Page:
Martin Raynsford hackergotchi for Martin Raynsford

Wireframe Dinosaur Lamp


I've seen a couple of wireframe lamp designs recently, they all cleverly fit into an illuminated base so you can easily change the artwork over. This was just a simple case of finding a wireframe render of a dinosaur and engraving it onto perspex. With a bit more effort I could have rendered my own wireframe from any 3D model giving this style of light lots of possibilities. (svg here)

by noreply@blogger.com (Martin Raynsford) at 01 March 2017 10:21 PM

19 February 2017

Martin Raynsford hackergotchi for Martin Raynsford

Tigris and Euphrates counters


Due to sudden interest I've just made these available on my Etsy store I'm also able to supply customised version of any size, colour, numbering. Just email me, msraynsford+website@gmail.com

The digital version of Tigris and Euphrates keeps track of how much power each token has connected to it. I wanted to make similar counters for the physical version of the game, they needed to be the same size as the existing tokens but able to display the numbers 0-19.I've made gaming counters previously and I didn't really like the deep recess down to the numbers so I went back to the drawing board when designing these.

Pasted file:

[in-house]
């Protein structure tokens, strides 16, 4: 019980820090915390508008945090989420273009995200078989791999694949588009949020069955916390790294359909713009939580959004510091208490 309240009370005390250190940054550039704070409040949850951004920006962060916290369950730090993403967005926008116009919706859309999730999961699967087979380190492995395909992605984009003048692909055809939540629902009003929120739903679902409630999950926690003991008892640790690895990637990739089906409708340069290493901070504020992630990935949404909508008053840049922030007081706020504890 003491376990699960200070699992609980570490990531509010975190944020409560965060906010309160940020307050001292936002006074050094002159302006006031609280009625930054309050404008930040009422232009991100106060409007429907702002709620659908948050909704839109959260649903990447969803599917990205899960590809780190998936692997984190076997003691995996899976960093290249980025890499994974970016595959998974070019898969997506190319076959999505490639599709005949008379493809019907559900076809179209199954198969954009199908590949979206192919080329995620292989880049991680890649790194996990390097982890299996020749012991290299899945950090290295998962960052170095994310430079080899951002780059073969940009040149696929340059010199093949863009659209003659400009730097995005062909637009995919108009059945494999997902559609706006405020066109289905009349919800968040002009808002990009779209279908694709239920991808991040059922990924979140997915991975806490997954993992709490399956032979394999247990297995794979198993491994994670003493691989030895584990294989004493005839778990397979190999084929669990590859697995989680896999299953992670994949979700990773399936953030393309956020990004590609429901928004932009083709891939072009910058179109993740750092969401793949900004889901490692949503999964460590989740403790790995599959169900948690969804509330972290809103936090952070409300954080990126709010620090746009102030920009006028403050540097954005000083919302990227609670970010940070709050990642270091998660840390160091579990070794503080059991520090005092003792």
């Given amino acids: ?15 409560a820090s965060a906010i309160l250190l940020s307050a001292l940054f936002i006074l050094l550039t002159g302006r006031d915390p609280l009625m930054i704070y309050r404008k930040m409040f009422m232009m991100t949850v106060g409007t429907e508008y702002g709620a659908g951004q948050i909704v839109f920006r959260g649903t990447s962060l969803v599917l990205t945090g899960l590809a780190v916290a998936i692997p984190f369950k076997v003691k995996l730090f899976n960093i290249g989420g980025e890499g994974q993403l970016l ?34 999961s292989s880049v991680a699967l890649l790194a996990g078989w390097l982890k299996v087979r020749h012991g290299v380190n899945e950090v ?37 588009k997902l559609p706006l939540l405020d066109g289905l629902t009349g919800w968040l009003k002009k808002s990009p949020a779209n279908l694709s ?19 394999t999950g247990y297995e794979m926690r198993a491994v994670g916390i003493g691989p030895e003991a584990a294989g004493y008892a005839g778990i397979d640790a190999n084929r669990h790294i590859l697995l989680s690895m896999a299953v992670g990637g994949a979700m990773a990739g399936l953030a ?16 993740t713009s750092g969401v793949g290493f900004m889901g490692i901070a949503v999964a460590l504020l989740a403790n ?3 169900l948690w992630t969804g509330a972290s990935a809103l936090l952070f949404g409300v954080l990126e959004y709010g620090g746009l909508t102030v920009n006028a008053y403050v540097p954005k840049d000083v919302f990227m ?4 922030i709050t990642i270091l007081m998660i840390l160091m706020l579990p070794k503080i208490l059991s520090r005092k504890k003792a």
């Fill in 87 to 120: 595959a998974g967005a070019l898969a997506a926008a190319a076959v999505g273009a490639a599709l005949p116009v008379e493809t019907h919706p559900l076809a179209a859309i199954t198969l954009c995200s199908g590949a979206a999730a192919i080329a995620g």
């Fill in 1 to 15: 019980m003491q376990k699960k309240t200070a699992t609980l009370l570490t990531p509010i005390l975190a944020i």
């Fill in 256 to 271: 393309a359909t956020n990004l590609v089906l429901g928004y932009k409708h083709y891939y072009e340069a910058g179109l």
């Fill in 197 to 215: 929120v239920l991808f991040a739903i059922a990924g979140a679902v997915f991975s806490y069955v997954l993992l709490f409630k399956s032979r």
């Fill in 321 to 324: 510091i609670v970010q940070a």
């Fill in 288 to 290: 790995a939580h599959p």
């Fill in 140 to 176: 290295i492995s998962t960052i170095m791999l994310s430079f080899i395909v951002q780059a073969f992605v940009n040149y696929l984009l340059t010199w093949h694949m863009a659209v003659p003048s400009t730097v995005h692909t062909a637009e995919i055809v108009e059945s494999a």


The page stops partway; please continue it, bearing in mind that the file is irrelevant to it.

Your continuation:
The top layer has to be as thin as possible so it's made from 0.8mm birch. The magnet has to be stuck into a layer underneath and the numbers have to be drawn on a ring attached to a third layer to bring it back up to the same height. The tokens were painted in the appropriate colour and then engraved lightly which left the wood slightly stained in the right colours. (svg here)



by noreply@blogger.com (Martin Raynsford) at 19 February 2017 09:22 PM

18 February 2017

Martin Raynsford hackergotchi for Martin Raynsford

Tigris and Euphrates Monument 2


While looking up the original monuments for the Tigris & Euphrates game I discovered the game is due to be released again with slightly different monuments. I made a series of Aztec style monuments for the game instead. The walls for the steps were made using 0.8mm birch and the steps from 6mm poplar (svg here)






by noreply@blogger.com (Martin Raynsford) at 18 February 2017 08:58 PM

16 February 2017

Martin Raynsford hackergotchi for Martin Raynsford

Tigris and Euphrates Game play


With a range of new pieces all that was left to do was play a game. The counter tokens work surprisingly well you just have to remember to modify them each time you lay a new tile but it quickly becomes habbit. The aztec temples go well on top of the existing tiles and quite literally add a new dimension to the board.



by noreply@blogger.com (Martin Raynsford) at 16 February 2017 02:16 PM